21 February 2021 

Homily for the First Sunday of Lent, Year B 2021

Repent and Believe the Good News

Biblically, the wilderness means two things. First, it means a place where the Israelites encountered God, enjoyed an intimate relationship with Him and were confronted by God when they sinned against Him. Second, it is a place where the Israelites suffered, felt the absence of God, were tempted, and turned their back on God and worshipped idols. Saint Augustine said the Spirit drove Jesus into the wilderness simply teach Israel and all of us how to live intimately with God in, and through our wildernesses without giving in to the temptations around us.

Jesus’ victory over Satan in the wilderness announces our victory. Thus, we are called to repent of our ways so that we can key into the victorious way of Christ. This is the Good News. It is the evangelion, the proclamation that Christ is Lord. He is the Lord even of the wilderness. He has overcome the wild beasts that howl in the wilderness and torment souls to give up on God and worship false gods. He is the Lord even of our own wildernesses. And as Lord, He is calling us to repent and believe the Good News – that changes who we are and how we live our lives.

There three stages of repentance. The first stage is conviction. Repentance is not a work of wilfulness. No one repents out of his or her own volition. We repent because God the Father in Christ Jesus has found us. God comes to us as the light of the world, exposing the darkness and the ugliness of sin. He comes to us showing us how sin is a counterfeit good. This was the story of Saul, the man who later became Saint Paul. For what we know, Saul had always seen his act of persecuting Christians as something good. His zeal for the Lord justified his action.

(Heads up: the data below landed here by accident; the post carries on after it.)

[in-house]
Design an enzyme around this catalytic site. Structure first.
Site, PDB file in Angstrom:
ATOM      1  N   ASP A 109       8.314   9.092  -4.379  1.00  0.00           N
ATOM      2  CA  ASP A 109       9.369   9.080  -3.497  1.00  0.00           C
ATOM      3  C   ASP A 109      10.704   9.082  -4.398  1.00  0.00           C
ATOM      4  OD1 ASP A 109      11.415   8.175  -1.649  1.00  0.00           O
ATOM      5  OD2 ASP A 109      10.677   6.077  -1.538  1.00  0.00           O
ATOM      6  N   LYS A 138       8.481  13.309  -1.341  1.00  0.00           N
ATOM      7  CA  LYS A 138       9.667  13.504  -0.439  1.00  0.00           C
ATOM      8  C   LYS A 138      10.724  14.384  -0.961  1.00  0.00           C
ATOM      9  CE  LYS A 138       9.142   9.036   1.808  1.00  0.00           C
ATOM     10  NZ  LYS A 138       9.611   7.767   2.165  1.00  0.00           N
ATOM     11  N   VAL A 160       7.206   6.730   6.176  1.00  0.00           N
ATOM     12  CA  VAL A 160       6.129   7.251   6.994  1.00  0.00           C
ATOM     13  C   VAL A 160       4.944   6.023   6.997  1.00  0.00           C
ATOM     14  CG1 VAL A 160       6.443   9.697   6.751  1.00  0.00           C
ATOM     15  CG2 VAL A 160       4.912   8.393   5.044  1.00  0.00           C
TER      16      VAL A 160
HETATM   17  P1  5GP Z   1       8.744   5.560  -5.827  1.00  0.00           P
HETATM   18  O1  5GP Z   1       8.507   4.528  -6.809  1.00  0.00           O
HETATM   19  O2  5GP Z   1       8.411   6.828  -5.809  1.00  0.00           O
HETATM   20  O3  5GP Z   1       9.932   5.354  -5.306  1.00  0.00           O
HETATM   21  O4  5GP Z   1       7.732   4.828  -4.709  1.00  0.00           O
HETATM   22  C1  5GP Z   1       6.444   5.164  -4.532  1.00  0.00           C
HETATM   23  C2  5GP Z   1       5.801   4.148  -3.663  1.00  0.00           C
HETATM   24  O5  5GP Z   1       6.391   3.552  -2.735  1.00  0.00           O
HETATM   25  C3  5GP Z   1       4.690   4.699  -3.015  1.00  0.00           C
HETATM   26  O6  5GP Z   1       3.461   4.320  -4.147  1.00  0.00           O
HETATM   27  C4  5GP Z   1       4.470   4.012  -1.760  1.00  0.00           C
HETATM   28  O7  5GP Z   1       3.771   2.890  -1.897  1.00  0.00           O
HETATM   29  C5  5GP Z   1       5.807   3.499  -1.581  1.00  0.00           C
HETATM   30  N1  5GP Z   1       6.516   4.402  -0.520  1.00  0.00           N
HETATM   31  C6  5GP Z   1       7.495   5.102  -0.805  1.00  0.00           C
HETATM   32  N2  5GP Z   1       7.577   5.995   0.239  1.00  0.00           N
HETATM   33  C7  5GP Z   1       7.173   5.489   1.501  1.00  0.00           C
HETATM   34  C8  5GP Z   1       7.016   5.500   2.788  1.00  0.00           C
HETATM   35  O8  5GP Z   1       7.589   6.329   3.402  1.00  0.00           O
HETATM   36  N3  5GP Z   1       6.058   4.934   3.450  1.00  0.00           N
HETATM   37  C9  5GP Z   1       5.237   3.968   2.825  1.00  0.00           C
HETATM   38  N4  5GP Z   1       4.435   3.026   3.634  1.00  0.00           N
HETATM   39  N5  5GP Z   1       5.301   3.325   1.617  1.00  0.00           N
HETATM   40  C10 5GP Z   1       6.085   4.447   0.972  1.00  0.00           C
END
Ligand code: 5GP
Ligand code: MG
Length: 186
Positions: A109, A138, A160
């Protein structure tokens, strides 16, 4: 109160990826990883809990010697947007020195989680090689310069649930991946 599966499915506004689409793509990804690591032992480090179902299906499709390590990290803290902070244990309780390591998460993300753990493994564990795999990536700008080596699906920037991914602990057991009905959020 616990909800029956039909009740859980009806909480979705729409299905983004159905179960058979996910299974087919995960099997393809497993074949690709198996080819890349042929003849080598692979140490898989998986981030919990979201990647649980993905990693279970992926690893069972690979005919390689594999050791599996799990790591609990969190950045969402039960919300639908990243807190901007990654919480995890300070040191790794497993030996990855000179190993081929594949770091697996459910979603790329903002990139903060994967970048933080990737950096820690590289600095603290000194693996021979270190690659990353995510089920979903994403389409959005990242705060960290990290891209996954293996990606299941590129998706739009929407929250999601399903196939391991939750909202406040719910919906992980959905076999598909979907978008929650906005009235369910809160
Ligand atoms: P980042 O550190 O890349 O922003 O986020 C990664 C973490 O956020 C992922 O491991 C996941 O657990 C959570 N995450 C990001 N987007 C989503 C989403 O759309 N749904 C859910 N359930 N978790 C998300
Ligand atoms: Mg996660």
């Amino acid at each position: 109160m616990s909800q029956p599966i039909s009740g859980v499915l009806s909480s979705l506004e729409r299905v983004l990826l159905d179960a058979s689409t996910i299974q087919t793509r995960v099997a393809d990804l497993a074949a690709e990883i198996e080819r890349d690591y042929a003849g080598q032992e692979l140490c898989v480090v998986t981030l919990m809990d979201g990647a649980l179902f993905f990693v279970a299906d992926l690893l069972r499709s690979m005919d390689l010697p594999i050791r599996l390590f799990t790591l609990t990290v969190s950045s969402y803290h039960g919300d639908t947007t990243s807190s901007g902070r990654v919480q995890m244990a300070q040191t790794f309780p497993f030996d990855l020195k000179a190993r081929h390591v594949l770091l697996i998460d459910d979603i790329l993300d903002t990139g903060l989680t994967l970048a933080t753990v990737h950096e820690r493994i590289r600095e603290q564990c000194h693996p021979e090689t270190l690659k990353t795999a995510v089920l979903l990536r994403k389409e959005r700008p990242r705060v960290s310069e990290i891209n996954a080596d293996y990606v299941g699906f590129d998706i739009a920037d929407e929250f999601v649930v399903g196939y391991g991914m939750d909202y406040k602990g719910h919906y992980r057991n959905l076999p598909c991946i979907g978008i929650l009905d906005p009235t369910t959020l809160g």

But his action was a counterfeit good. He only realised this when the light of Christ shone on him on his way to Damascus. It was only then that he was convinced that what he was doing was not only wrong, but evil. And from that moment, Paul changed from being wilful of what he wanted to achieve for the Lord to being mindful of what the Lord wanted of him and where the grace of the Lord was at work in and around him. This shift in perspective and the change of lifestyle is the result of the first stage of repentance. We tune in to God and His presence.

The second stage of repentance is renunciation. God does not just convince us of the wrong we do. He helps us to renounce the wrong. For Paul, God took him through a season of training where he had to be under the care and supervision of an experienced Christian called Ananias. It was through Ananias that Paul underwent his journey of renunciation of his sins. Paul’s blindness becomes a metaphor that tells us something about this process of renunciation. It simply says that renunciation only kicks in when we are convinced that what we are doing is dark and ugly.

Acts 9 is a very dramatic conversion story of Saint Paul. It says when Ananias laid his hands on Saul, Saul was filled with the Holy Spirit, and immediately scales fell away from his eyes and he was able to see again. This image of scales falling off Saul’s eyes is the image of renunciation. The old ‘seeing’ is falling off, making way for the new. Paul is now parting ways with Saul. He is now a new creation, being recreated by God for the true good. He can see the true good again, the original of good. What was lost to sin and shame has now been restored.

The third stage of repentance is return to God. The classical definition of repentance is the change of mind – metanoia. It is a change of the mind that was once caught up in evil to a mind that is open to God and His way. Paul after renouncing his sins, returned to God. He moved away from the era of Saul when his worldview was limited to Saul. For Saul could not stand the fact that Christians were converting from Judaism. Saul was prejudiced towards Christians. There is no doubt he was threatened by the presence of the newness that Christianity offers.

But Paul, the man who has returned to God was not limited to the man Saul, but broadened by the limitlessness of God’s wisdom, plan, and purpose. Paul could see the good in Christians. He could see that Judaizers, Christians and Pagans are all brothers and sisters of the One Father, God. Paul could see again, he could see what God had intended the world to be, and how even at his time, God was bringing about the realisation of His original plan in Christ Jesus. Paul’s return to God reveals the possibility of our own return to God. This is the Good News we are to believe. It is the hope that God can convict us, help us renounce our sins and return to Him.

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